Research into maritime and experimental archaeology at the University of Exeter played a major role in transforming how museums encourage the public to engage with the past. This included the full-scale construction of a Bronze Age sewn-plank boat undertaken in front of the public, designed to provide visitors with a new perspective on the size and complicated design of such a vessel.
The project conducted by Professor Robert van de Noort, Professor Anthony Harding, and Dr Linda Hurcombe, with the National Maritime Museum Cornwall (NMMC), received regional, national and international media coverage. It greatly increased the Museum’s visitor numbers, and has given the NMMC the confidence to undertake subsequent projects, developing their own research capacity and helping them reposition themselves as a centre of research excellence.
The research combined work on prehistoric maritime culture and Bronze Age sewn-plank boats, organic material culture and experimental archaeology, and the economic basis of the Bronze Age. The purpose was to understand the importance of boat building in Atlantic Europe; its contribution to trade, and the exchange of precious metals and the movement of these metals between Britain, Ireland and continental Europe; while developing an innovative method of public engagement that moves experimental archaeology into the public’s arena.
This innovative ‘construction-as-performance’ project also involved a far wider range of sensory perceptions including vision, smell, sound, and touch, than is normally achieved with static exhibitions, offering museums a new concept for engaging with their visitors. Along with presenting research through experimental archaeology, it created unprecedented opportunities for engagement with local, regional, national and international audiences.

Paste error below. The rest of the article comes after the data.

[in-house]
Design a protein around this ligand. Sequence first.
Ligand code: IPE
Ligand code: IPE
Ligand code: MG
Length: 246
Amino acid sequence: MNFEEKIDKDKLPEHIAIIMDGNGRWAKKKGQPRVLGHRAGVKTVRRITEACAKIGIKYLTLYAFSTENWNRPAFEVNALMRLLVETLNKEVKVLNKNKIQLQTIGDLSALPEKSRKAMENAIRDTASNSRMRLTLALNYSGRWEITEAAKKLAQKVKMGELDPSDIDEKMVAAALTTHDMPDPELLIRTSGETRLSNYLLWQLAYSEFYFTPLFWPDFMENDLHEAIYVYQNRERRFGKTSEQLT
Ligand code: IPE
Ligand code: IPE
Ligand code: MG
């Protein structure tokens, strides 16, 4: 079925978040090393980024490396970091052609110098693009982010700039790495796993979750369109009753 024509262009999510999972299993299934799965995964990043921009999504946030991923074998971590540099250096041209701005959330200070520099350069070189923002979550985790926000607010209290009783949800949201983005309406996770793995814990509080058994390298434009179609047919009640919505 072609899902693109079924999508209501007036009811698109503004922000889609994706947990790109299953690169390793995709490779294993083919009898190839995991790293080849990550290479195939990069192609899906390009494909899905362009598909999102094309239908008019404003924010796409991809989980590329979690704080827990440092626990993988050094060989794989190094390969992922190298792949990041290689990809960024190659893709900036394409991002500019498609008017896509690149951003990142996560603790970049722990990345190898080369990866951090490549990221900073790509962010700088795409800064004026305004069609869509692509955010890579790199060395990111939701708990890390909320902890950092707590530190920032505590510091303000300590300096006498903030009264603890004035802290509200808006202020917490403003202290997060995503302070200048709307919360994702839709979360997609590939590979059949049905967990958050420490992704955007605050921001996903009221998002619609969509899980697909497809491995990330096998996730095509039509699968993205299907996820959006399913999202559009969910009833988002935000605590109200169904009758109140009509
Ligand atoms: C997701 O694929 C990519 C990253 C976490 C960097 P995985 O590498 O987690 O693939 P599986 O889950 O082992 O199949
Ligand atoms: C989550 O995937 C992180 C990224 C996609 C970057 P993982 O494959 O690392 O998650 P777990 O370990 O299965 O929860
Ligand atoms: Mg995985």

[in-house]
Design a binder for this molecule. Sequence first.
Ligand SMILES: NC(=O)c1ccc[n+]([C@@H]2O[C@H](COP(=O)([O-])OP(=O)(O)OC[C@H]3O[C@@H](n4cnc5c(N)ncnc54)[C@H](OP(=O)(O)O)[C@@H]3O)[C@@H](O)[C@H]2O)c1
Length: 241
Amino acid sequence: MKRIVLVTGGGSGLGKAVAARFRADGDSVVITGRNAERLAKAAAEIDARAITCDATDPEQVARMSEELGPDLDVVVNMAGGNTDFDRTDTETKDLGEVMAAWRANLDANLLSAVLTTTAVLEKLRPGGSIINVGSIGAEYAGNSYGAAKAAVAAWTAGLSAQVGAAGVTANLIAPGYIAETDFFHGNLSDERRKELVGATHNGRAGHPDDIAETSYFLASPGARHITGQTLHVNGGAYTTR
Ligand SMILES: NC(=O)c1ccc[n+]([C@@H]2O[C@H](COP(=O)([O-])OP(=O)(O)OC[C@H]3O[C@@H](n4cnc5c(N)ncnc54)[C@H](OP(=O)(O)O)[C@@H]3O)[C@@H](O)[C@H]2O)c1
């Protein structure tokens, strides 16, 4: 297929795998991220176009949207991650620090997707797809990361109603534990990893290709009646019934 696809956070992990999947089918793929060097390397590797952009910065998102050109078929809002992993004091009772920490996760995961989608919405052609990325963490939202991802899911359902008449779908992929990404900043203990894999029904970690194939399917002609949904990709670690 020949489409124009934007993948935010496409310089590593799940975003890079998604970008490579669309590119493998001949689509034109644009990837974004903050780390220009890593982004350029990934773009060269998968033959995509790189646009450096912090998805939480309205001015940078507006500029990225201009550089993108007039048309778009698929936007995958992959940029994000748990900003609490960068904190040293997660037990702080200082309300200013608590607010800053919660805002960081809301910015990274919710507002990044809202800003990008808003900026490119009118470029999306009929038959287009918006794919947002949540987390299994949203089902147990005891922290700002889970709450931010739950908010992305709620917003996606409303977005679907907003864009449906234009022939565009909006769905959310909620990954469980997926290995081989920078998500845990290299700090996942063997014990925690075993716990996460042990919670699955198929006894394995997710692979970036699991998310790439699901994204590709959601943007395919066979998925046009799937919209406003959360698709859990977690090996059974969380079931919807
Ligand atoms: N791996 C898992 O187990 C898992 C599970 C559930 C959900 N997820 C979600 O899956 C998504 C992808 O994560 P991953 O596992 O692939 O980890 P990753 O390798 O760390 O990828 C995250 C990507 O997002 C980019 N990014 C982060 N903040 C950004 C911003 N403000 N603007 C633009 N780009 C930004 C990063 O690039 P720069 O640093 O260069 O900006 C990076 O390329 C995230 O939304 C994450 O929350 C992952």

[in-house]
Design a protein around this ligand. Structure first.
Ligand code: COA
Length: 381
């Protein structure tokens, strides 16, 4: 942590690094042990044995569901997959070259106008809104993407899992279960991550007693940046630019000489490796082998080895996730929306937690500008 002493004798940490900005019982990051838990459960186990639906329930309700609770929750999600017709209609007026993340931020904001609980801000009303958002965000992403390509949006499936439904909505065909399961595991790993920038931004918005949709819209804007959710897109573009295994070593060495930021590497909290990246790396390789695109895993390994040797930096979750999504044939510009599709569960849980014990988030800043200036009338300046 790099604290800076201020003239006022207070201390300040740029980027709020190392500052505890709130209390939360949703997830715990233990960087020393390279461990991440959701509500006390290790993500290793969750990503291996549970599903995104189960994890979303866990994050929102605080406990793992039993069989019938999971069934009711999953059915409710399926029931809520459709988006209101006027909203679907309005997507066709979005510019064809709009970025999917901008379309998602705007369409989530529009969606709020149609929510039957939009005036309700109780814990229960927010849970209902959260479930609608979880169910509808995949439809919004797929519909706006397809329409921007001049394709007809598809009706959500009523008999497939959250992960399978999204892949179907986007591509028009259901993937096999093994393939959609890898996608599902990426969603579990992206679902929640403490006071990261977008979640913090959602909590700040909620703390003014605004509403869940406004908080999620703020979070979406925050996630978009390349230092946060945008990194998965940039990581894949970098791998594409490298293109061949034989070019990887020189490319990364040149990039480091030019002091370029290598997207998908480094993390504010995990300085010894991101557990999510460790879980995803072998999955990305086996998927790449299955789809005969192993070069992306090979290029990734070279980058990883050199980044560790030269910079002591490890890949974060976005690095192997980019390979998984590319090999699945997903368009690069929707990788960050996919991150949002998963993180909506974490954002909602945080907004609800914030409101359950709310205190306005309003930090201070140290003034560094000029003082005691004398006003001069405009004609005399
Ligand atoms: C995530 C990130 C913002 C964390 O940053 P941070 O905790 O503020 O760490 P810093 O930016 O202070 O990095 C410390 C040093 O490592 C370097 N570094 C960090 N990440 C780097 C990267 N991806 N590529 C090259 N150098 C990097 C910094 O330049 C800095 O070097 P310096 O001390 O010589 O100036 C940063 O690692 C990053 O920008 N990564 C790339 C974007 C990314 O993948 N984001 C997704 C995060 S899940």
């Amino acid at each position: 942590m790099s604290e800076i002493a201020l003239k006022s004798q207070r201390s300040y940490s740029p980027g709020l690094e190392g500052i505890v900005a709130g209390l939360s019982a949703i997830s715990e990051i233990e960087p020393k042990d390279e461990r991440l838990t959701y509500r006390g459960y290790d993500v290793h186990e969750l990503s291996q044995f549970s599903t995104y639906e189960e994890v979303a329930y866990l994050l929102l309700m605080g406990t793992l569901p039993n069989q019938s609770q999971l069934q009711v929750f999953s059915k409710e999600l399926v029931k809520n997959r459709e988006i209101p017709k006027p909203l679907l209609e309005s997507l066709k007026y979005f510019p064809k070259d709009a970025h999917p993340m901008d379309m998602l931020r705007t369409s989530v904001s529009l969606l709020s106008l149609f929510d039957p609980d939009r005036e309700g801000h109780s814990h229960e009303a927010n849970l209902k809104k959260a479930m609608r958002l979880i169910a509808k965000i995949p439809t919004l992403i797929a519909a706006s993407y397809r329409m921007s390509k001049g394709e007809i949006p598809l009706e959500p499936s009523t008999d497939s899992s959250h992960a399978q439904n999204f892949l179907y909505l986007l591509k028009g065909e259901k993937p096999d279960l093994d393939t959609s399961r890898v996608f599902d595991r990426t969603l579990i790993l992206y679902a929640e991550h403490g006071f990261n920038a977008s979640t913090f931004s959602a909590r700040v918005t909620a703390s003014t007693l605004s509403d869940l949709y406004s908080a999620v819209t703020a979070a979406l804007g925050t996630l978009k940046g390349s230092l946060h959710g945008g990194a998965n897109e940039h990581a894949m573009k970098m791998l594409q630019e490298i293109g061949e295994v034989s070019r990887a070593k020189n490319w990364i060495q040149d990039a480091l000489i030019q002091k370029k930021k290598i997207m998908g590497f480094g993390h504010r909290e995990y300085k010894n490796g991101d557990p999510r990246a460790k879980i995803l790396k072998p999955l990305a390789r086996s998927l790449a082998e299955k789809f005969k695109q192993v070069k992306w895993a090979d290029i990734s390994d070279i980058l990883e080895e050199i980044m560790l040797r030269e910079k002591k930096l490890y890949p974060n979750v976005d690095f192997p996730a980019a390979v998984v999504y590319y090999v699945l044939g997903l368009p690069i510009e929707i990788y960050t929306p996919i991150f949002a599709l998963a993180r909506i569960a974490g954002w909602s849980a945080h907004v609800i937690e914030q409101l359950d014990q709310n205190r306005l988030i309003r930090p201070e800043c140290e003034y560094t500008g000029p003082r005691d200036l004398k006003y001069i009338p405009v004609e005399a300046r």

During the project 131,835 visitors witnessed the building of the boat in person, more than 500 individuals attended one or more public lectures, over 1,000 children took part in one of the specially designed education programmes, and in excess of 100 volunteers gave at least one full day to the project. During the exhibition there were 18,000 additional visitors compared to the previous year and during Archaeology Week in June 2012 there were 7,500 visitors, 3,000 more than the same week in 2011.
This work addressed the strategic aims of the EU Objective One programme for Cornwall in assisting in the economic recovery of the region, in particular through developing high-quality tourism and a stronger knowledge-based economy. As well as the exhibition and lecture programme, this included the creation of a Facebook page dedicated to the exhibition and the monthly posting of time-lapse videos on YouTube, which have received over 200,000 views to date.
More than 200 people, along with the local and national media, turned out to watch the launch of the boat in Falmouth harbour in March 2014. Dr Linda Hurcombe was interviewed and shown doing some last minute work on to seal the seams of the boat, which is still floating beside the NMMC in Falmouth harbour.
The success of this project has also led to the concept of ‘construction-as-performance’ being adopted elsewhere including a log-boat in Finland, a Viking-period fearing in the British Museum courtyard, the full-scale reconstruction of the Romano-Celtic Barland’s Farm Boat from near Newport (South Wales), and the organisation of a series of workshops for archaeologists from open air museums and heritage centres - to promote ‘construction-as-performance’ as a means of engaging visitors.